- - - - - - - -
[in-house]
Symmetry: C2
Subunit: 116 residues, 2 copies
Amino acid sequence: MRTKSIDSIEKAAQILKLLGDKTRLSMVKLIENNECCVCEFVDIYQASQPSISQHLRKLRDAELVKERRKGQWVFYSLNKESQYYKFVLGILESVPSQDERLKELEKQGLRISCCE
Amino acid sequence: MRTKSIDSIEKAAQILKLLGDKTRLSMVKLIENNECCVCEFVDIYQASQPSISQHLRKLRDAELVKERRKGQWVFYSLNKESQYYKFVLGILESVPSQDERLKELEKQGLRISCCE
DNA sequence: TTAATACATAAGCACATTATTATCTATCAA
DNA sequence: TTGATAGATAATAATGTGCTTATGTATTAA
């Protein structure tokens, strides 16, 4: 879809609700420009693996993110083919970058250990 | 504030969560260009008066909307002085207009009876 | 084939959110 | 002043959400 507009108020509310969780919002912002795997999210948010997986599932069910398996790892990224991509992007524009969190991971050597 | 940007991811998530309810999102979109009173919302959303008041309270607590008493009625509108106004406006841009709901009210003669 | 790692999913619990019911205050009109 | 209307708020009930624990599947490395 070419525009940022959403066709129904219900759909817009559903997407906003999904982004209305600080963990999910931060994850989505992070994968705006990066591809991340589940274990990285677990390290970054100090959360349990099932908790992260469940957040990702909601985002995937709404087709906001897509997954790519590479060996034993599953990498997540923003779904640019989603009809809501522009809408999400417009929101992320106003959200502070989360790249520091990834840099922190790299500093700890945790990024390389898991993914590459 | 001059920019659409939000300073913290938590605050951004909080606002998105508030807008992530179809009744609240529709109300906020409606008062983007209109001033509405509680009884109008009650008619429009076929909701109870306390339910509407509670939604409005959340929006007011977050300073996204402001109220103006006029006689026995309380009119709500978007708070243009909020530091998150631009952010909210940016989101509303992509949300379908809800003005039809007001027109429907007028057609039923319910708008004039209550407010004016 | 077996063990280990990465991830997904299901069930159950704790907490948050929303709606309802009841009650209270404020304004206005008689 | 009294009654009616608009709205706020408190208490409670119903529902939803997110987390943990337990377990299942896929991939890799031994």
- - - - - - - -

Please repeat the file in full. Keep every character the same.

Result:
[in-house]
Symmetry: C2
Subunit: 116 residues, 2 copies
Amino acid sequence: MRTKSIDSIEKAAQILKLLGDKTRLSMVKLIENNECCVCEFVDIYQASQPSISQHLRKLRDAELVKERRKGQWVFYSLNKESQYYKFVLGILESVPSQDERLKELEKQGLRISCCE
Amino acid sequence: MRTKSIDSIEKAAQILKLLGDKTRLSMVKLIENNECCVCEFVDIYQASQPSISQHLRKLRDAELVKERRKGQWVFYSLNKESQYYKFVLGILESVPSQDERLKELEKQGLRISCCE
DNA sequence: TTAATACATAAGCACATTATTATCTATCAA
DNA sequence: TTGATAGATAATAATGTGCTTATGTATTAA
């Protein structure tokens, strides 16, 4: 879809609700420009693996993110083919970058250990 | 504030969560260009008066909307002085207009009876 | 084939959110 | 002043959400 507009108020509310969780919002912002795997999210948010997986599932069910398996790892990224991509992007524009969190991971050597 | 940007991811998530309810999102979109009173919302959303008041309270607590008493009625509108106004406006841009709901009210003669 | 790692999913619990019911205050009109 | 209307708020009930624990599947490395 070419525009940022959403066709129904219900759909817009559903997407906003999904982004209305600080963990999910931060994850989505992070994968705006990066591809991340589940274990990285677990390290970054100090959360349990099932908790992260469940957040990702909601985002995937709404087709906001897509997954790519590479060996034993599953990498997540923003779904640019989603009809809501522009809408999400417009929101992320106003959200502070989360790249520091990834840099922190790299500093700890945790990024390389898991993914590459 | 001059920019659409939000300073913290938590605050951004909080606002998105508030807008992530179809009744609240529709109300906020409606008062983007209109001033509405509680009884109008009650008619429009076929909701109870306390339910509407509670939604409005959340929006007011977050300073996204402001109220103006006029006689026995309380009119709500978007708070243009909020530091998150631009952010909210940016989101509303992509949300379908809800003005039809007001027109429907007028057609039923319910708008004039209550407010004016 | 077996063990280990990465991830997904299901069930159950704790907490948050929303709606309802009841009650209270404020304004206005008689 | 009294009654009616608009709205706020408190208490409670119903529902939803997110987390943990337990377990299942896929991939890799031994």